Although mobile commerce is expected to reach some $31 billion by 2016, at a compounded annual growth rate of 39%1, the channel remains a huge missed opportunity for most brands. Even traditionally marketing-savvy brands are struggling to leverage the space-partially because the slow internal procedures of the biggest corporations can hardly keep up with the pace at which mobile capabilities are evolving. The core issue however, is that most companies simply don’t know how to enter or lead the new mobile-commerce space: the channel is unproven, customer data is sparse, and ROI is difficult to prove. But with Google reporting that 79% of consumers now say they use a smartphone to help with shopping2, the mobile space has become a tremendous customer influencer that can no longer be ignored.
As brands prepare to enter or re-charge their mobile commerce platforms, 3 basic steps will make a colossal difference in generating success. Incorporate these, and you’ll already be ahead of the majority of the competition:
1. Optimize for various mobile browsers. While this may seem like a no-brainer, the reality of testing and optimizing for the multitude of browsers out there prevents most brands from following through on this more often than not. With limited time and resources, many have instead opted to select the most popular smartphones-the iPhone and the Blackberry, and ignored the rest. However, this not only ignores a huge chunk of mobile users that, for various reasons, may even convert better than the more popular smartphone segments, but also sets the brand up for failure in the event of a sudden change. And of course in the digital space, rapid change is the only constant. For example, based on a survey from July-September of 2010, Neilsen reported that the iPhone and Blackberry were top preferences for mobile users, at 33% and 26%3, respectively. But by April of 2011, the same survey indicated that the Android is now the preferred OS, with 31% of consumers planning to buy a smartphone indicating an interest in the device4. Lesson learned: optimize for all browsers from the get-go. Then you’ll be prepared no matter how fickle the mobile market turns out to be.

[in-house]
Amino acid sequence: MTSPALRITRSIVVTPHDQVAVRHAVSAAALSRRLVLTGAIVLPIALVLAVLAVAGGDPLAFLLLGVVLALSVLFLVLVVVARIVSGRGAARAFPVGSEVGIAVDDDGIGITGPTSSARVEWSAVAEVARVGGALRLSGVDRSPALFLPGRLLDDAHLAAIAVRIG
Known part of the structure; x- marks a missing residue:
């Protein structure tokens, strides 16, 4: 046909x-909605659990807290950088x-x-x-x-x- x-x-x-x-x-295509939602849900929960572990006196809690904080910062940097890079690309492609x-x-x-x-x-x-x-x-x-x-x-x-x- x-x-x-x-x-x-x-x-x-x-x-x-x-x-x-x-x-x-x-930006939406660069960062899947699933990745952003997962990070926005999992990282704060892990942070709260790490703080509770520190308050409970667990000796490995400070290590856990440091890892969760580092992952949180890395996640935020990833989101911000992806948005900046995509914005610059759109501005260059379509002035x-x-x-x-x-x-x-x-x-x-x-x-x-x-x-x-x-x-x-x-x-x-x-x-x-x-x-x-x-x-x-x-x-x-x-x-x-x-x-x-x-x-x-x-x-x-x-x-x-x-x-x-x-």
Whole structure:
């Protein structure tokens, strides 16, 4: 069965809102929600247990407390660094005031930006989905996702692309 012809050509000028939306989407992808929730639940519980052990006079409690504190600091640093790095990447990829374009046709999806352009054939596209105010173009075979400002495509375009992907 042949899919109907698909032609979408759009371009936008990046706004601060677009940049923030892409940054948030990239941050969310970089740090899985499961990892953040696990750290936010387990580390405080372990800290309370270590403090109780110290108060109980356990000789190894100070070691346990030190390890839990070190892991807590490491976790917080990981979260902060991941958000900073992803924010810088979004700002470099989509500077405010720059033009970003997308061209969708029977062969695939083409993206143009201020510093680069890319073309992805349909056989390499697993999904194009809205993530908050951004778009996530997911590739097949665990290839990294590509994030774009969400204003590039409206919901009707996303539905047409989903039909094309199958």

2. Assure mobile users of their security. Brands severely underestimate the concern users have about mobile security. Forrester reports that 45% of mobile users would use their smartphone to purchase products if they knew their number would be kept private, and 44% claimed they would if mobile payment services were more secure. Despite this looming fear, basic security measures have a strong impact on customer assurance. In addition to clear privacy policies and visible security statements, the use of security logos and certificates, such as Verisign and TRUSTe, are proven to make a significant difference in m-commerce conversion. What’s more is that consumers are fairly impartial to the brand or type of security certificate actually used, even if it’s just an internally created one, and this has been backed by both studies and my personal experience as a digital consultant.
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3. Create a mobile version of the e-commerce site. Optimizing for various browsers is a great start, but to really lead the m-commerce space, brands need to have a distinct mobile site. You may have noticed some websites that now feature a link to a mobile version of their site. With users reporting they would buy products via mobile sites if they had more functionality, loaded faster, looked more like they did on their desktops, or if their screens were larger, the mobile shopping user experience is still a huge mitigation for many consumers1. But carefully constructed mobile sites can help combat all of these consumer concerns, streamlining the user experience, optimally displaying products on mobile devices, and executing faster. Even the larger screen issue can be addressed by adjusting the layout and image sizes.
Once these basics are mastered, there are many more advanced capabilities in the m-commerce world, from engaging custom apps, to customer ratings and reviews. But starting with a solid foundation is the most critical part of every m-commerce platform.
1 “Forrester Research Mobile Commerce Forecast, 2011 To 2016 (US)” June 16, 2011
2 Google/Ipsos OTX MediaCT, “The Mobile Movement Study,” April 2011, N=5,000
3 “Nielsen: Consumer Desire For Android Grows, Unlike iOS And Blackberry,” Robin Wauters, Tech Crunch,
4 Neilsenwire:” U.S. Smartphone Market: Who’s the Most Wanted?” April 26, 2011. (http://blog.nielsen.com/nielsenwire/online_mobile/u-s-smartphone-market-whos-the-most-wanted/)